Thursday, June 14, 2007

Getting Politically Polarized

Just a few days ago 57 Iranian economists wrote an open letter to President Ahmadinegad to share their concerns about the disparities between current conditions and announced targets of Iran’s 2020 vision and 4th development plan. A few of signatories in their later interviews emphasized that they are ready to assist government in any way to meet the economic challenges ahead. It seems that these economists also are concerned that some members of administration do not believe in their sincerity.

The debate over economic policies has not been limited to this letter. Iranian media have disclosed the contents of a letter written by Mr. Rahbar former head of Iran’s Management and Planning Organization (MPO) in the time of his resignation from President Ahmadinegad’s cabinet. In this letter Mr. Rahbar had warned against the policies that undermine the role of MPO, over which he disagreed with the President. The list does not end here either.

Recent weeks have witnessed a spirited debate over interest rate in Iran. After months of debate and second guessing President Ahmadinegad lowered interest rate for the banking system in Iran. This surprise move had not been expected by anyone. Just hours before its announcement Minister of Finance and Head of Central Bank were assuring Iranian bankers that interest rate would not change. Several Iranian authorities were fast to point out that lowering interest rate would not be official until it is approved by Country’s High Council for Economic Affairs. The debate is still going on.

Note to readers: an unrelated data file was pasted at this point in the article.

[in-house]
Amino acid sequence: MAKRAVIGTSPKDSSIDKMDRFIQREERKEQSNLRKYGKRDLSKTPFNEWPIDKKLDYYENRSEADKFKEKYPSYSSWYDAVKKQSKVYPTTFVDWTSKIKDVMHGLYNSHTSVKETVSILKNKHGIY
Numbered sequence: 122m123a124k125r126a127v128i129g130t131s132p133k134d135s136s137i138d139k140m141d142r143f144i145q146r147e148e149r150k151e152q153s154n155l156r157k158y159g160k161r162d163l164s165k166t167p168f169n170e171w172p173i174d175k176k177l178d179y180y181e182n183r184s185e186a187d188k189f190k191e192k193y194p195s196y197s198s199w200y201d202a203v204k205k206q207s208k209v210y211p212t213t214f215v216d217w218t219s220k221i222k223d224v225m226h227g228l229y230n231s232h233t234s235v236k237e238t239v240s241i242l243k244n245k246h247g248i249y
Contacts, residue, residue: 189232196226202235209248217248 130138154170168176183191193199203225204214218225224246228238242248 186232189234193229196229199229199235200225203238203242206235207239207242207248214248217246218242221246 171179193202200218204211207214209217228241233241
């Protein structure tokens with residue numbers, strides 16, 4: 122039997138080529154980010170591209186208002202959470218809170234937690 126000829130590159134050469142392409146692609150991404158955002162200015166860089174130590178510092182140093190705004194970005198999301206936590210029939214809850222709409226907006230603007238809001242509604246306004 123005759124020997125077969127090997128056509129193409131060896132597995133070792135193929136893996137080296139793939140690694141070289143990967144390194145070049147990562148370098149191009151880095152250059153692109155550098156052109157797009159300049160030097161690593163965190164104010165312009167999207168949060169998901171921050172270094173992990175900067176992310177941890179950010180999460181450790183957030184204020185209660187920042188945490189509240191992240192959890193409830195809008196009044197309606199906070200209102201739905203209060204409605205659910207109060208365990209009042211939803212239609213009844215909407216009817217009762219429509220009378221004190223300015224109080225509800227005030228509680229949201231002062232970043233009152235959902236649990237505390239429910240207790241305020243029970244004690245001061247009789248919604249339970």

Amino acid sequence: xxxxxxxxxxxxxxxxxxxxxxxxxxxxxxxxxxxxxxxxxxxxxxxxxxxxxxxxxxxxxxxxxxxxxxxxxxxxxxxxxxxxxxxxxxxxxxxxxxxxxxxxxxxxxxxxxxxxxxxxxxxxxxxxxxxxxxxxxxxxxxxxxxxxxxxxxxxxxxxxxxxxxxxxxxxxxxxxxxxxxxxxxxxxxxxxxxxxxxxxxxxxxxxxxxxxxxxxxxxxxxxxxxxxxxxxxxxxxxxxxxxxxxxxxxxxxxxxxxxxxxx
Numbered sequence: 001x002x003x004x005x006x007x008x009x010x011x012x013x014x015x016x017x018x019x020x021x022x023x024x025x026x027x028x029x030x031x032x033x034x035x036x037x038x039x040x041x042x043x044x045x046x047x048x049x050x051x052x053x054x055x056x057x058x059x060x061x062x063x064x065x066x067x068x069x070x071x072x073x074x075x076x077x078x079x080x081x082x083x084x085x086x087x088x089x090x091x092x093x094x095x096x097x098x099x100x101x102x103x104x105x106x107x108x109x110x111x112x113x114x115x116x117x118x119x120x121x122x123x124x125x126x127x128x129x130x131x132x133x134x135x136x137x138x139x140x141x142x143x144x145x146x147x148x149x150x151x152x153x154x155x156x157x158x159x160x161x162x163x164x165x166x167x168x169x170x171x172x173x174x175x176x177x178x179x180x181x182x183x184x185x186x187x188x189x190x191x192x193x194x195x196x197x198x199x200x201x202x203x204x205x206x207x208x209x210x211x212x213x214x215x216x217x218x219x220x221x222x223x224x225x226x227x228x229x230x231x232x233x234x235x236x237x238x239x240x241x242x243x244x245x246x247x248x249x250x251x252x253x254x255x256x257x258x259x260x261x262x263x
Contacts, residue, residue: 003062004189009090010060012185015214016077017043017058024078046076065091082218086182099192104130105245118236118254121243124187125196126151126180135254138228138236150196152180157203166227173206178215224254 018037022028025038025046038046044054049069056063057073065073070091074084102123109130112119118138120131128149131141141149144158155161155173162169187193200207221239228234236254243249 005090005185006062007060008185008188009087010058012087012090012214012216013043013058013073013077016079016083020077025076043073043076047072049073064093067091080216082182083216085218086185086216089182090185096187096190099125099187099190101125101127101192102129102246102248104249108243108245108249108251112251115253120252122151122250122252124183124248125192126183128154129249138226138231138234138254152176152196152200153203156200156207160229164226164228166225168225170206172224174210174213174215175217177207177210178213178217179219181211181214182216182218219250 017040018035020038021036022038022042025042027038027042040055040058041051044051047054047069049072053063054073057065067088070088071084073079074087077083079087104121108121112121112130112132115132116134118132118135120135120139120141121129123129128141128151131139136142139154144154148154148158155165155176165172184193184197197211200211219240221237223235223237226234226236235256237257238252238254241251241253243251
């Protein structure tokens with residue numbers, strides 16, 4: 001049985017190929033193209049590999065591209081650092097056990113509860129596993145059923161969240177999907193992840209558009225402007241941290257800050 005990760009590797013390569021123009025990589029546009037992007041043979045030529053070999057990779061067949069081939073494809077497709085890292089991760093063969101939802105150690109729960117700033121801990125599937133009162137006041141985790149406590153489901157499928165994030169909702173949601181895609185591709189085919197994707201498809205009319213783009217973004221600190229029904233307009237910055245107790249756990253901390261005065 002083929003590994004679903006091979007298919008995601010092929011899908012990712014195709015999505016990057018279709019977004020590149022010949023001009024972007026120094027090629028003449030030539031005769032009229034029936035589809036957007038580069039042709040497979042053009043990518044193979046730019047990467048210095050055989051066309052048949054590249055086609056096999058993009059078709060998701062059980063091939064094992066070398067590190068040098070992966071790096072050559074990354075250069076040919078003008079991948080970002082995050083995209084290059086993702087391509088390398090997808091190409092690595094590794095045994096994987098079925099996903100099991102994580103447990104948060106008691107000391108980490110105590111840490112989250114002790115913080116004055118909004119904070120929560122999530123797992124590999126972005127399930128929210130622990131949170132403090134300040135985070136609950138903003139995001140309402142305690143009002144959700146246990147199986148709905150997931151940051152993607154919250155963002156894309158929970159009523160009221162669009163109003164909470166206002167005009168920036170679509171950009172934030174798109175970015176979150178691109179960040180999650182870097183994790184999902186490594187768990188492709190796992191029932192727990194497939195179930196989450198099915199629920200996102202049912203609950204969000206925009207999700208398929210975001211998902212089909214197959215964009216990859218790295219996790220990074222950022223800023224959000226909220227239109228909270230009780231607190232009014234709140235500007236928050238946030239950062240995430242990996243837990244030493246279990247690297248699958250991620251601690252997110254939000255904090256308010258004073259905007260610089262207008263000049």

Certainly this amount of debate in Iranian media regarding economic affairs exhibits a healthy practice of free exchange of ideas and opinions, something that one does not see often practiced in countries that USA calls allies. However it also increases the possibility of polarizing the economic debate with political affiliations in the country. Thus it might transform matters of policy to matters of principle and individual prestige. This is a dangerous transformation that could compromise country’s economic growth and sustainable development.

The task before Iranian economists is indeed enormous.

No comments: